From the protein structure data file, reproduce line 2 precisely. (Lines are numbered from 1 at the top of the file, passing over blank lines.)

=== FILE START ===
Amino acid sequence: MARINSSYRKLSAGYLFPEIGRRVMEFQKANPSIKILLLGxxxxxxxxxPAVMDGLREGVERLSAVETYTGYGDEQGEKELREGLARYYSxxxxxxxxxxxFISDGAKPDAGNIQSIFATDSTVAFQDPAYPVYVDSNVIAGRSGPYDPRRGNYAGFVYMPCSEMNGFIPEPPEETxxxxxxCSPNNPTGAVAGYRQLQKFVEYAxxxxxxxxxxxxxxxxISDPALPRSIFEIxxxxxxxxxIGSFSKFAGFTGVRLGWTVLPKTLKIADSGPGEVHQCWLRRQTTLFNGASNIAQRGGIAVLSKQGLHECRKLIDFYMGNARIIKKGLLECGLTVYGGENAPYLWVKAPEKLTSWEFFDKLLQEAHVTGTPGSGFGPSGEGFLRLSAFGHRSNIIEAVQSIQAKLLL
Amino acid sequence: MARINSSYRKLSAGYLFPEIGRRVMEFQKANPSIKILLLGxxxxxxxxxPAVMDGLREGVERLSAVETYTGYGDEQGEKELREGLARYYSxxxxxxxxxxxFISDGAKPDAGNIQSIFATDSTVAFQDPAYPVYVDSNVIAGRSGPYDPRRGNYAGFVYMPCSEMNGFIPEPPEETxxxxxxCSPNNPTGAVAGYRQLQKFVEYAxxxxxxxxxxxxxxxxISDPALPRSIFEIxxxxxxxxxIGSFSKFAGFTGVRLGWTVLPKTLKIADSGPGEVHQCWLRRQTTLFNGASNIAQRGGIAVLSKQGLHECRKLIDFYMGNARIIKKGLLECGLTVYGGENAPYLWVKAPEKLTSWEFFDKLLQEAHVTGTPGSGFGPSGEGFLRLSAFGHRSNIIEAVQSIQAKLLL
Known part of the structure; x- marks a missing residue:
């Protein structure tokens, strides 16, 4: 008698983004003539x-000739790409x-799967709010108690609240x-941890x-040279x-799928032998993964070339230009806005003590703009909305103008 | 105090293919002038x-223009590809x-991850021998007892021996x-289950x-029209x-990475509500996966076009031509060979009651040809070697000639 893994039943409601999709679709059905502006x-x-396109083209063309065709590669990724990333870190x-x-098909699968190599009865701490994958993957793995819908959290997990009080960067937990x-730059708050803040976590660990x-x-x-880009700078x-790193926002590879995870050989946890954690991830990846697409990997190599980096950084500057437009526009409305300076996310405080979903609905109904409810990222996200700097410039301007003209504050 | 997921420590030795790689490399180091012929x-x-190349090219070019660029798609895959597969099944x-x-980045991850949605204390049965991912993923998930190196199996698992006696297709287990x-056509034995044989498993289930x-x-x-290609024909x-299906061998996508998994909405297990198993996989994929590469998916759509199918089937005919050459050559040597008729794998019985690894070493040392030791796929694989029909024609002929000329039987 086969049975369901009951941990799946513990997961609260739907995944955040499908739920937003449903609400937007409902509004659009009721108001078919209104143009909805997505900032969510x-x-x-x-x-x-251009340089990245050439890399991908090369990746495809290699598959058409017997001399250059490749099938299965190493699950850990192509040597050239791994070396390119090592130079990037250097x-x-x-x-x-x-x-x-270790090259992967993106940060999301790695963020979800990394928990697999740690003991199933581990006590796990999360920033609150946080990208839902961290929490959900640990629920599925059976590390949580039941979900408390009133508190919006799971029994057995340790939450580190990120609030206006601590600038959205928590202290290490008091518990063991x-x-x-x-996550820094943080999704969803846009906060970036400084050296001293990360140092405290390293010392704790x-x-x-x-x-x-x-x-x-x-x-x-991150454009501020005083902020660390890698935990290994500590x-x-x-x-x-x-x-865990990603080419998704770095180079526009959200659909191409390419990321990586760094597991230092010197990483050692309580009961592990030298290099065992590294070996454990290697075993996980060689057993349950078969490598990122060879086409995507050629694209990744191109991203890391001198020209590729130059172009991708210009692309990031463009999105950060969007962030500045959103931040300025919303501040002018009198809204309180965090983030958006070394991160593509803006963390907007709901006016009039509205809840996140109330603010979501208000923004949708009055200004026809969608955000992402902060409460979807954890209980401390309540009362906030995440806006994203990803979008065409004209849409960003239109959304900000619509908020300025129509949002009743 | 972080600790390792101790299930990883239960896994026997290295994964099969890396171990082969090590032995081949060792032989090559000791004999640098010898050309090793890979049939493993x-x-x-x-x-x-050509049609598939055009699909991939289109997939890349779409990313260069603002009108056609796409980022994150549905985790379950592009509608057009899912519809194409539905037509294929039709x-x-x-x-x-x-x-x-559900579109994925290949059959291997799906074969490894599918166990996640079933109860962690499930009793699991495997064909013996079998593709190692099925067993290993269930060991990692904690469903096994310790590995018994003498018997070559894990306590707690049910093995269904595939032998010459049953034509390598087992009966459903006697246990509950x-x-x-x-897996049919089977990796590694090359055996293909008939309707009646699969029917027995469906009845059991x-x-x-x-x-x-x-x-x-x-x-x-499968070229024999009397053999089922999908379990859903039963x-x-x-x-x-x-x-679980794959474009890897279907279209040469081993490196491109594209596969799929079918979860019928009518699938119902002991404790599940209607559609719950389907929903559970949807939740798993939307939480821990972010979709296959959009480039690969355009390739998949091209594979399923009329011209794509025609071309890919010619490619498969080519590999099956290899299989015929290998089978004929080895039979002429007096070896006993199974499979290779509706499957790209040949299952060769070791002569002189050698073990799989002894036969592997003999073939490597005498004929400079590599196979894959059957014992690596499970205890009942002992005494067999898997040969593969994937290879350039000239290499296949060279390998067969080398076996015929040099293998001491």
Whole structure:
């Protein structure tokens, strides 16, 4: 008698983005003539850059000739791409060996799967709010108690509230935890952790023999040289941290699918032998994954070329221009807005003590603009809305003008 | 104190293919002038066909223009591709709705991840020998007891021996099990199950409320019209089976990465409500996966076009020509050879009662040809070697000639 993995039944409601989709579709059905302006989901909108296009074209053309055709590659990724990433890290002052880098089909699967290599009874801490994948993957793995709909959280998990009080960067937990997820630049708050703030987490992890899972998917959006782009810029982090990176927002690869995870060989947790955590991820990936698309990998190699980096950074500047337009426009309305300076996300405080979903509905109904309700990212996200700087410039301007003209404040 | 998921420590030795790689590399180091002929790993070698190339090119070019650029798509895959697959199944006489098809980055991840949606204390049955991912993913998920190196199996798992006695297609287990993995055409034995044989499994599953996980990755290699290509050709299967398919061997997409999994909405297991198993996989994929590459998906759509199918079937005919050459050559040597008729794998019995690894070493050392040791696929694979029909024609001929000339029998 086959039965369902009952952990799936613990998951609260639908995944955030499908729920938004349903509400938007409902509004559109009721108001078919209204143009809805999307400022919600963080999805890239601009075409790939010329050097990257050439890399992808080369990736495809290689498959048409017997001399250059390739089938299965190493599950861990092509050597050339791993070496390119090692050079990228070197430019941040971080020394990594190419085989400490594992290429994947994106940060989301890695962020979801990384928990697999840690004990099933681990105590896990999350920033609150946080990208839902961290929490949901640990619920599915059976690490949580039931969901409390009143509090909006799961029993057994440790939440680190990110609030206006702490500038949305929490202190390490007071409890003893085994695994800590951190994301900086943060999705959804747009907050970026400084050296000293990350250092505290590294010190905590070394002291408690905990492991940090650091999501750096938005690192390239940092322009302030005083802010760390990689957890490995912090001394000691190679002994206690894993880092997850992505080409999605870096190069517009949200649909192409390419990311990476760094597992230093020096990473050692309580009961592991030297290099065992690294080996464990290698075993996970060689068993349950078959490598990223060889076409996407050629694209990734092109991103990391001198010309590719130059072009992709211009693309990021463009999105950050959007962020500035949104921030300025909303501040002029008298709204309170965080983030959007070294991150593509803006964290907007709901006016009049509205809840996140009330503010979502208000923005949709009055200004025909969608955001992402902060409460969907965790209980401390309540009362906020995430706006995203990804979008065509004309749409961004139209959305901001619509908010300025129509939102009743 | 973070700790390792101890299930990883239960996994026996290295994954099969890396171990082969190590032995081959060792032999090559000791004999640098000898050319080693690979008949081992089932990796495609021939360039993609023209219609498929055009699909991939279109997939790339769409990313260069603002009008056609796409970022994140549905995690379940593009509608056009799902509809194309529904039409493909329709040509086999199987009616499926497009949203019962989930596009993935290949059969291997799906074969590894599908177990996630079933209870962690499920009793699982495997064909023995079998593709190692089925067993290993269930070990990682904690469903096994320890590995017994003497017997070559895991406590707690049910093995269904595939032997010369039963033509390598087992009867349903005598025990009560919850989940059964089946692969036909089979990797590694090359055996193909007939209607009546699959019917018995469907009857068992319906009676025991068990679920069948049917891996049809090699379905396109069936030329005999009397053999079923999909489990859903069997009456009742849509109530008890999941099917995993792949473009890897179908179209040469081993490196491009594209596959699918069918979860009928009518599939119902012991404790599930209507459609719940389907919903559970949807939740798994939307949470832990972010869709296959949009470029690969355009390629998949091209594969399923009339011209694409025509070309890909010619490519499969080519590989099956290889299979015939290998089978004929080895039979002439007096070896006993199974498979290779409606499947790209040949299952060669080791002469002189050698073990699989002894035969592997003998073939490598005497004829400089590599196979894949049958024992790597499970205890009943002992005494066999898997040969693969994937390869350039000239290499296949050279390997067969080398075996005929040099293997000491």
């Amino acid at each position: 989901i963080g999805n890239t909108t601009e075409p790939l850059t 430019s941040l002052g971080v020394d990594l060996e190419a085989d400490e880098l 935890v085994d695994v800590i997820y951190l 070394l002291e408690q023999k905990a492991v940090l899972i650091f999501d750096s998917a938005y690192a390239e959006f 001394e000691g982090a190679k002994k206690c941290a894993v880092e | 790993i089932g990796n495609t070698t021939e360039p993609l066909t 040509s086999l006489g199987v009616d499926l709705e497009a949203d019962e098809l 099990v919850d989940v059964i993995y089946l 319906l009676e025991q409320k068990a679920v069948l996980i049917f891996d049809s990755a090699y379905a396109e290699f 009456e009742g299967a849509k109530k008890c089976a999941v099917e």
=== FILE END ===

Amino acid sequence: MARINSSYRKLSAGYLFPEIGRRVMEFQKANPSIKILLLGxxxxxxxxxPAVMDGLREGVERLSAVETYTGYGDEQGEKELREGLARYYSxxxxxxxxxxxFISDGAKPDAGNIQSIFATDSTVAFQDPAYPVYVDSNVIAGRSGPYDPRRGNYAGFVYMPCSEMNGFIPEPPEETxxxxxxCSPNNPTGAVAGYRQLQKFVEYAxxxxxxxxxxxxxxxxISDPALPRSIFEIxxxxxxxxxIGSFSKFAGFTGVRLGWTVLPKTLKIADSGPGEVHQCWLRRQTTLFNGASNIAQRGGIAVLSKQGLHECRKLIDFYMGNARIIKKGLLECGLTVYGGENAPYLWVKAPEKLTSWEFFDKLLQEAHVTGTPGSGFGPSGEGFLRLSAFGHRSNIIEAVQSIQAKLLL